Stars: A Very Short Introduction

ISBN : 9780199602926

Andrew King
136 Pages
116 x 173 mm
Pub date
Jul 2012
Very Short Introductions


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  • An authoritative and accessible exploration of the science of stars
  • Examines the processes that allow stars to form, to shine, to maintain their size, and looks at their various forms of death
  • Looks at the impact of gravity, thermal pressure, magnetic fields, and radiation on stars
  • Considers our own star, the Sun, as well as neutron stars and black holes

Every atom of our bodies has been part of a star. Our very own star, the Sun, is crucial to the development and sustainability of life on Earth. This Very Short Introduction presents a modern, authoritative examination of how stars live, producing all the chemical elements beyond helium, and how they die, sometimes spectacularly, to end as remnants such as black holes.

Andrew King shows how understanding the stars is key to understanding the galaxies they inhabit, and thus the history of our entire Universe, as well as the existence of planets like our own. King presents a fascinating exploration of the science of stars, from the mechanisms that allow stars to form and the processes that allow them to shine, as well as the results of their inevitable death. 
"Part of the extensive Very Short Introduction series, this volume by Andrew King provides an engaging overview of the science of stars. This pocket-sized book is an enjoyable read." - Dawn E. Leslie, Contemporary Physics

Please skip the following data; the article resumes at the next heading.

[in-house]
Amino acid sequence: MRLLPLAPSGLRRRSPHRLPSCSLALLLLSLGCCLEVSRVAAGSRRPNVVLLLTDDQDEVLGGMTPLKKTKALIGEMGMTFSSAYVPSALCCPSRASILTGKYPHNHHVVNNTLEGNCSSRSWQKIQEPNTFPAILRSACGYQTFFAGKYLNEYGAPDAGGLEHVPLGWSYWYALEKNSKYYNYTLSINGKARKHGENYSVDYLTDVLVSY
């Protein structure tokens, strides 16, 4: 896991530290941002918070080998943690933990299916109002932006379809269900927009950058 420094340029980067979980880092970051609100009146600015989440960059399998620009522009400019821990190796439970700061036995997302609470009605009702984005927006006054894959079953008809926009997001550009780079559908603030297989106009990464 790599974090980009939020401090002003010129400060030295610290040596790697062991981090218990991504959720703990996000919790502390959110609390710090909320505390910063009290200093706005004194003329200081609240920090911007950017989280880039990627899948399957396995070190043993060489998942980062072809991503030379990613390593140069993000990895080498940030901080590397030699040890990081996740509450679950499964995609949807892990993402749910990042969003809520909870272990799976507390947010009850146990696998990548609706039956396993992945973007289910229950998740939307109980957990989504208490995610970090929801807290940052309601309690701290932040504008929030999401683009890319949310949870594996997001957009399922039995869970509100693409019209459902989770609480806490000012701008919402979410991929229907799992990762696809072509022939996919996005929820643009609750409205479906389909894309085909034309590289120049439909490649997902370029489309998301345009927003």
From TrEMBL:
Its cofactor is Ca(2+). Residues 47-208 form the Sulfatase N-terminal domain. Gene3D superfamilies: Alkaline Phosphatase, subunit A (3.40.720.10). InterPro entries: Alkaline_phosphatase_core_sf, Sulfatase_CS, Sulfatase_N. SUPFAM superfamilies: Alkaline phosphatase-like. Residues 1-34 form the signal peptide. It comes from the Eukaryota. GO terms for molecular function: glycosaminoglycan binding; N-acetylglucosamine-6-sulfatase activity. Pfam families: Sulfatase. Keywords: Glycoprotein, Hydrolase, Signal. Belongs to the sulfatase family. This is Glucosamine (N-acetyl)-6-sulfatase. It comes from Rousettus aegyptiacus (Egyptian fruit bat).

1: Science and the stars
2: How the Sun survives
3: Life on main street
4: Cooking the elements
5: Stellar corpses
6: Finding the bodies
7: Measuring the universe
8: The beginning
Further reading

About the author: 

Andrew King, Head of Theoretical Astrophysics, Department of Physics & Astronomy, University of Leicester
Andrew King is Professor of Astrophysics at the University of Leicester, and heads the theoretical astrophysics research group there. His work has been recognised by a Royal Society Wolfson Research Merit Award, and a Senior Fellowship of the Particle Physics and Astronomy Research Council. He has published more than 250 research papers and is a co-author of several books. He is also deputy editor-in-chief of Monthly Notices of the Royal Astronomical Society. In 2014 he was awarded the Eddington Medal of the Royal Astronomical Society for investigations of outstanding merit in theoretical astrophysics.

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